Commodore User


Dominator

Author: Mark Patterson
Publisher: System 3
Machine: Commodore 64/128

 
Published in Commodore User #70

Dominator

You saw it first on the cover tape of our February issue. You liked the demo, but what about the finished product?

Earth is under a new threat, a giant space organism is hurtling through the solar system toward the third planet, an organism so large it could swallow a planet, and that's precisely what it's going to do.

Earth is almost defenceless. Who could they send up to stop this creature? Soon the answer is on everyone's lips - the last surviving pilot from the old wars, the only man capable of destroying the monstrosity and saving Earth yet again. Another good reason to work round the point of having just one man to save the human race.

Dominator

Despite a slightly grandiose sounding plot, Dominator is nothing more than your standard scrolly shoot-'em-up, and a bit of a surprise when you look at System 3's form book, with its classics like International Karate and the Last Ninja games.

Dominator takes place in a series of vertical and horizontally scrolling levels set inside the heart of the alien craft. All bar the first level that is, which is a vertical scroller representing the journey there.

Most of the attack waves scroll on to the screen from the opposite side, and are usually quite easy to kill, though whoever designed some of the attack waves obviously meant them to be as hard as possible, owing to the absence of time they spend in any one place.

Dominator

On the bottom and top of the screen are little gun emplacements which have to be shot periodically otherwise they prove too much hassle after you've flown in front of them. Occasionally when a wave has been destroyed, they leave behind them such booty as lasers and autofire pods, which make a more than significant contribution to the game.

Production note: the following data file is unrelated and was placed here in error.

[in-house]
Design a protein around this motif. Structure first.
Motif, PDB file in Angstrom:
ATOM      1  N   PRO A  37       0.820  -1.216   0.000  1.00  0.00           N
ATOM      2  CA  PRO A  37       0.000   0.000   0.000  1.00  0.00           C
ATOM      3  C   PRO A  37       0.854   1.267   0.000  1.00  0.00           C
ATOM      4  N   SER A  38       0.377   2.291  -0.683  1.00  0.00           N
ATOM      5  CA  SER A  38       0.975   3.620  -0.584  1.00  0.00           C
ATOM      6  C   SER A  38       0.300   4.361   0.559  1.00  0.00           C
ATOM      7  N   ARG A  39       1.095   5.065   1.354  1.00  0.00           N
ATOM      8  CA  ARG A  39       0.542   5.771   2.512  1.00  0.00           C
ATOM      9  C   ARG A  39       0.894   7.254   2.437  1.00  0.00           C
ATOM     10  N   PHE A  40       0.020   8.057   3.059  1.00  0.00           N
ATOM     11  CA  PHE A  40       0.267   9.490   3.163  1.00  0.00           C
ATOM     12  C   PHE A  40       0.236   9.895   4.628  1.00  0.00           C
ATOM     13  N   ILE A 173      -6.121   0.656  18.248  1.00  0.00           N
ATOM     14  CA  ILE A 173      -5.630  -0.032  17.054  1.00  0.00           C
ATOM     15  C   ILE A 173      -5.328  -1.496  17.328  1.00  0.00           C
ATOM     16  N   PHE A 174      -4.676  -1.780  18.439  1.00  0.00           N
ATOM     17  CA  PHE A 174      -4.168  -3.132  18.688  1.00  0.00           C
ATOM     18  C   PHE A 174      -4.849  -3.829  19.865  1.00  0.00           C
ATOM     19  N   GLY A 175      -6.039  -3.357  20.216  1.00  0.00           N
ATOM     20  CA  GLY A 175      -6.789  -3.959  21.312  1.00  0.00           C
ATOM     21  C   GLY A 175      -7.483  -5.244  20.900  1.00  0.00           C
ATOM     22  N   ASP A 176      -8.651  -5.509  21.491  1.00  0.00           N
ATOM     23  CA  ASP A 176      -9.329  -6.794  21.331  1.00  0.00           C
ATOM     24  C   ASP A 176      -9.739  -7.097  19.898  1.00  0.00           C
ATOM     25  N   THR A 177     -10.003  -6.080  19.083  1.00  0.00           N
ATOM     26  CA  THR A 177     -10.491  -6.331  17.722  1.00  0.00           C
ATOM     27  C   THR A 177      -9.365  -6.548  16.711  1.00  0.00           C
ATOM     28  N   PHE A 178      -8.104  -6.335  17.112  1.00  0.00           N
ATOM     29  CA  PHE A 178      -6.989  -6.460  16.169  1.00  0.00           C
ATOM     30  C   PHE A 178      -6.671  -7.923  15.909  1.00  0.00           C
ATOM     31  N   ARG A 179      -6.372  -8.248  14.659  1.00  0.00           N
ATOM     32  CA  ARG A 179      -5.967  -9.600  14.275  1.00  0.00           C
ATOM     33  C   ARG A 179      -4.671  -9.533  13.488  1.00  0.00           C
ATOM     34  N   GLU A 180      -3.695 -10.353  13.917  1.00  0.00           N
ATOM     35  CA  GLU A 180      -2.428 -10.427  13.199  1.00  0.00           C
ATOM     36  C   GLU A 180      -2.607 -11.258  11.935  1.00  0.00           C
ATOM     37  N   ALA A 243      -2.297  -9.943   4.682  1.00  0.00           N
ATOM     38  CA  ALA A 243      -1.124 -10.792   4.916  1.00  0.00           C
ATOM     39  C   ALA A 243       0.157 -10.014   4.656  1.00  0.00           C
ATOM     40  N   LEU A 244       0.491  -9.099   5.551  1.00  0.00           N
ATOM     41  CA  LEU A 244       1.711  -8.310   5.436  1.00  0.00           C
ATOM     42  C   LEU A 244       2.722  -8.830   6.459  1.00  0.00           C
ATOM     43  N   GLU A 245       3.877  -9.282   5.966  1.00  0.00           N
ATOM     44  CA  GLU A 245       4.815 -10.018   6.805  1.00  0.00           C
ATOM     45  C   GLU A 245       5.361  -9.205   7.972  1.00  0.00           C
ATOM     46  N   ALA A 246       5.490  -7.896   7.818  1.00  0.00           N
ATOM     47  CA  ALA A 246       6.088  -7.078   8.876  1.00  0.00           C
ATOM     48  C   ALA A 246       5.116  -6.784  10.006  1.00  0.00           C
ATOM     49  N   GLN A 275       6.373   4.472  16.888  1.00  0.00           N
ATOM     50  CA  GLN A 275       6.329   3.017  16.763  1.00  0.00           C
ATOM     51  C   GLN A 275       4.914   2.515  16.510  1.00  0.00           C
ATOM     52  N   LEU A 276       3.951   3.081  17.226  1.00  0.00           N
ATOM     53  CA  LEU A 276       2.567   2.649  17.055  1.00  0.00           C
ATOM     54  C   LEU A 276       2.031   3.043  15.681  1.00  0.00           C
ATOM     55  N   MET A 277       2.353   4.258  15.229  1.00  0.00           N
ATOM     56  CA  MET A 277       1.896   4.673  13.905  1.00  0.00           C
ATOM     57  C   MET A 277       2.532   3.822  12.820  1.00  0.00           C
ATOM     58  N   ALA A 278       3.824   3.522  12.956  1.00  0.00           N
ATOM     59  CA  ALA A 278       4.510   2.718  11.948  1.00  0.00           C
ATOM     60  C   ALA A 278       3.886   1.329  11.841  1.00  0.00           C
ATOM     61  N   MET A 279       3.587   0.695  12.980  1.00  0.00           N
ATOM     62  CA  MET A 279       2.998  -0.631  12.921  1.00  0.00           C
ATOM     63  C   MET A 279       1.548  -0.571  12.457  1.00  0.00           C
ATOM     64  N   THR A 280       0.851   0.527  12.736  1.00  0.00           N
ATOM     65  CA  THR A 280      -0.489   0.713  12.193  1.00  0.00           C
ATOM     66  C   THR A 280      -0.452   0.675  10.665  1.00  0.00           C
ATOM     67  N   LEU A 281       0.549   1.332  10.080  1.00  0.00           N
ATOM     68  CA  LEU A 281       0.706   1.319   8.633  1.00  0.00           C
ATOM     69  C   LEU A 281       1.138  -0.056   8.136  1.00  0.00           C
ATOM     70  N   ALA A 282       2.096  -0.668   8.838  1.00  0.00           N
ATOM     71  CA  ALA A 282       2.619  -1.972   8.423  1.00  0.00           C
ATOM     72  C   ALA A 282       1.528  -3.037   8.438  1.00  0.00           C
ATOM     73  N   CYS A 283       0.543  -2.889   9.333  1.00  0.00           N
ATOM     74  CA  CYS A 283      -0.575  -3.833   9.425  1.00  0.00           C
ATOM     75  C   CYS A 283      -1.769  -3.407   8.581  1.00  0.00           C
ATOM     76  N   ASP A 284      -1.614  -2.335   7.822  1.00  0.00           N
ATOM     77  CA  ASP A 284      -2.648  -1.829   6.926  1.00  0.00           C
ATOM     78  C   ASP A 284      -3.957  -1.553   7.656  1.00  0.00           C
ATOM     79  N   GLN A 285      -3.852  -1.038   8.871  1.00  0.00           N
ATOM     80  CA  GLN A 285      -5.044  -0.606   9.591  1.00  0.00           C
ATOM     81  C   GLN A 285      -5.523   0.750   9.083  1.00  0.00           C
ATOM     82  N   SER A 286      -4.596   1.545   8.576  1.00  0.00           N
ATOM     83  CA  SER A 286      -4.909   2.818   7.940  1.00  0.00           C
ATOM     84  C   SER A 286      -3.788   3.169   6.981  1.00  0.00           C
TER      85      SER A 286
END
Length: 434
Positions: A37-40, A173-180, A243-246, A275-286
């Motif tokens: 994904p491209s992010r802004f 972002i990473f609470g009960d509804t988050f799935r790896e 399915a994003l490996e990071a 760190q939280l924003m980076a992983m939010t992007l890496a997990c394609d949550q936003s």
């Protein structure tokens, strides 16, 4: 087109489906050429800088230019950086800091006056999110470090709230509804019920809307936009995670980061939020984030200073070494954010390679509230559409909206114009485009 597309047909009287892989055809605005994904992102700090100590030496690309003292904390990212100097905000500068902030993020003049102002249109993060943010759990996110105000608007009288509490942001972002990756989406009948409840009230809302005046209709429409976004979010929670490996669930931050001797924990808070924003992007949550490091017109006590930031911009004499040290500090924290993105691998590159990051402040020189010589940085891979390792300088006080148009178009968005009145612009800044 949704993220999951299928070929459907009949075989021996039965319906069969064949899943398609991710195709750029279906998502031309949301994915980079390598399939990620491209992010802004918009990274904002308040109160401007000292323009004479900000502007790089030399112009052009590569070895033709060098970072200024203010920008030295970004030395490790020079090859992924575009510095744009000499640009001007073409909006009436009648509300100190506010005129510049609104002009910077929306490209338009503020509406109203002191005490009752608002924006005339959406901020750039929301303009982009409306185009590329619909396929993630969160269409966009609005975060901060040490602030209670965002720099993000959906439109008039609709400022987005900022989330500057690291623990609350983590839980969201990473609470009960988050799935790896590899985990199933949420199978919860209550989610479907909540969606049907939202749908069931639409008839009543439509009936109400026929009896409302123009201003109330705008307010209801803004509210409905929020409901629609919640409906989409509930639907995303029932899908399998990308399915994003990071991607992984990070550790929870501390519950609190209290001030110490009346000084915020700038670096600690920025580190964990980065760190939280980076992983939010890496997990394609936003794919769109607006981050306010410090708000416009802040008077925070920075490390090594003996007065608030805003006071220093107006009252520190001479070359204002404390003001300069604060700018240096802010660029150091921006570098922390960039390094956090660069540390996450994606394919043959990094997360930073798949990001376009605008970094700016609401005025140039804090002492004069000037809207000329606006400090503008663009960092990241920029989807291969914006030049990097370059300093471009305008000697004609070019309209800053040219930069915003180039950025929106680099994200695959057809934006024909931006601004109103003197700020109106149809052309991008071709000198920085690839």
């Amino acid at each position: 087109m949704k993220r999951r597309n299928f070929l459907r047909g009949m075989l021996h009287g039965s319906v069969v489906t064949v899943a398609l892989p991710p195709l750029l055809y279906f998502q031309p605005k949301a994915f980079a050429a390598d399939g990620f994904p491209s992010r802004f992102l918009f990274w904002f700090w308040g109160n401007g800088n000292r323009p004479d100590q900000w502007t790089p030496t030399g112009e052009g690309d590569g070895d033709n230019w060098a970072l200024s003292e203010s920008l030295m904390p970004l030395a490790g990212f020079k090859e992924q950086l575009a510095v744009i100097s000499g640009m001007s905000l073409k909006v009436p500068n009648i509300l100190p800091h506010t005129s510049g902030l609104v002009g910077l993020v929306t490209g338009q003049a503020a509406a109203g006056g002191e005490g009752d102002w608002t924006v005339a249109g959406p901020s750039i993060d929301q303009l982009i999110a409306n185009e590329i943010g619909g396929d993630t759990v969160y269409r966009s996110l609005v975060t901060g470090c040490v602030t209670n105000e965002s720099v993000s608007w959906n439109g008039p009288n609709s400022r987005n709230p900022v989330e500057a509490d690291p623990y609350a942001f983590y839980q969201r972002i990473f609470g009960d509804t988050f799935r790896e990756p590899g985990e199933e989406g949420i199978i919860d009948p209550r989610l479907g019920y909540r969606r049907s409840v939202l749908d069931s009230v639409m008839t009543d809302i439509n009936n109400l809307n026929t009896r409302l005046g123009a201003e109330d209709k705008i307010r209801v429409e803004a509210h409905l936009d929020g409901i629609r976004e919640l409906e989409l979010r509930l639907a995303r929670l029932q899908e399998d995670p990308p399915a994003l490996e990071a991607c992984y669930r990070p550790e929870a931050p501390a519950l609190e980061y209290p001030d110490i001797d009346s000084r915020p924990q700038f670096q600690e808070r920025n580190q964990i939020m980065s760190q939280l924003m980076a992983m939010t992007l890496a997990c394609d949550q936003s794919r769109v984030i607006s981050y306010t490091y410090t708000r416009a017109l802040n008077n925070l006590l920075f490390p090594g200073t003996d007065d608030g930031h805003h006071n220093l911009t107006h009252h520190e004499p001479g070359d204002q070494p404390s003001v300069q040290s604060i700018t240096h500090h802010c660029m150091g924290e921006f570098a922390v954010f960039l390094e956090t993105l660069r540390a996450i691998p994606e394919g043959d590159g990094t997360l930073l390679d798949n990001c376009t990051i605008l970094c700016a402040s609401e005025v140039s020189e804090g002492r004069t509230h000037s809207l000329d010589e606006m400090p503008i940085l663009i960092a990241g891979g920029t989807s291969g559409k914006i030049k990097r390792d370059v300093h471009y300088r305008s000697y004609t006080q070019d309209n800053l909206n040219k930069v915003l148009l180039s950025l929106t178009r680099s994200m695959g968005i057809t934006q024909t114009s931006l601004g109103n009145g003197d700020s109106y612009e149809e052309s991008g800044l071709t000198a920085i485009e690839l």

Then comes the sub-guardians, a smallish craft that might take a volley of your best shots to finish it off, or an alien appendage which fires stream after stream of attack ships after you. As usual, there are the familiar end-of-level nasties which have to be dispatched in the common way, a multitude of shots to the "special" location.

The graphics in Dominator, throughout, are quite pretty. The effect of gaping pores in the aliens flesh is achieved quite well. I still found myself being more than vaguely reminded of any number of other shoot-'em-ups, though.

Dominator is quite a tidy game though, it plays well enough, looks nice, and the music and effects work well, but it still comes across as dated. Perhaps if it had turned up sixteen months ago when the Nemesis season arrived, it would have been a whole lot letter. To impress, something like this has to be very, very good these days.

Mark Patterson

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